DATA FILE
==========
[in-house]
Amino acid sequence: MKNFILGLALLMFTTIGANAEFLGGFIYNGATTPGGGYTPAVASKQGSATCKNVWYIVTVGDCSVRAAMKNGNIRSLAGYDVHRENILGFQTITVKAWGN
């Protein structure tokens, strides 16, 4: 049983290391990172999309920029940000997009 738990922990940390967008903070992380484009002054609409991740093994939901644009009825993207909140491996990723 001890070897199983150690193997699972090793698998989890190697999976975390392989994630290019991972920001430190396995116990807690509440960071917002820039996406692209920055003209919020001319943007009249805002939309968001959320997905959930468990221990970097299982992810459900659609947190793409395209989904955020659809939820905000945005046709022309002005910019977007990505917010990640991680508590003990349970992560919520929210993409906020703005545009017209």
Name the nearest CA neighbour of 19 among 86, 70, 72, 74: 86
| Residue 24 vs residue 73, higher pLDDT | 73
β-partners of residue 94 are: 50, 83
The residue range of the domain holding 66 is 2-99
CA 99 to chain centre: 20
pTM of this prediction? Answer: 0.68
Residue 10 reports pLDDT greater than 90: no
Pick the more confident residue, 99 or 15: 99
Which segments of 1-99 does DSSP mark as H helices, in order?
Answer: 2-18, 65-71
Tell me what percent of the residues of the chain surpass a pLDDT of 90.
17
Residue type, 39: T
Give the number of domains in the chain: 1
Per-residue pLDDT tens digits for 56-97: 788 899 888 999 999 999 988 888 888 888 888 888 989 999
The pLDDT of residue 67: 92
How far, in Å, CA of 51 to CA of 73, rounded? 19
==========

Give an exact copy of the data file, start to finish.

[in-house]
Amino acid sequence: MKNFILGLALLMFTTIGANAEFLGGFIYNGATTPGGGYTPAVASKQGSATCKNVWYIVTVGDCSVRAAMKNGNIRSLAGYDVHRENILGFQTITVKAWGN
């Protein structure tokens, strides 16, 4: 049983290391990172999309920029940000997009 738990922990940390967008903070992380484009002054609409991740093994939901644009009825993207909140491996990723 001890070897199983150690193997699972090793698998989890190697999976975390392989994630290019991972920001430190396995116990807690509440960071917002820039996406692209920055003209919020001319943007009249805002939309968001959320997905959930468990221990970097299982992810459900659609947190793409395209989904955020659809939820905000945005046709022309002005910019977007990505917010990640991680508590003990349970992560919520929210993409906020703005545009017209």
Name the nearest CA neighbour of 19 among 86, 70, 72, 74: 86
| Residue 24 vs residue 73, higher pLDDT | 73
β-partners of residue 94 are: 50, 83
The residue range of the domain holding 66 is 2-99
CA 99 to chain centre: 20
pTM of this prediction? Answer: 0.68
Residue 10 reports pLDDT greater than 90: no
Pick the more confident residue, 99 or 15: 99
Which segments of 1-99 does DSSP mark as H helices, in order?
Answer: 2-18, 65-71
Tell me what percent of the residues of the chain surpass a pLDDT of 90.
17
Residue type, 39: T
Give the number of domains in the chain: 1
Per-residue pLDDT tens digits for 56-97: 788 899 888 999 999 999 988 888 888 888 888 888 989 999
The pLDDT of residue 67: 92
How far, in Å, CA of 51 to CA of 73, rounded? 19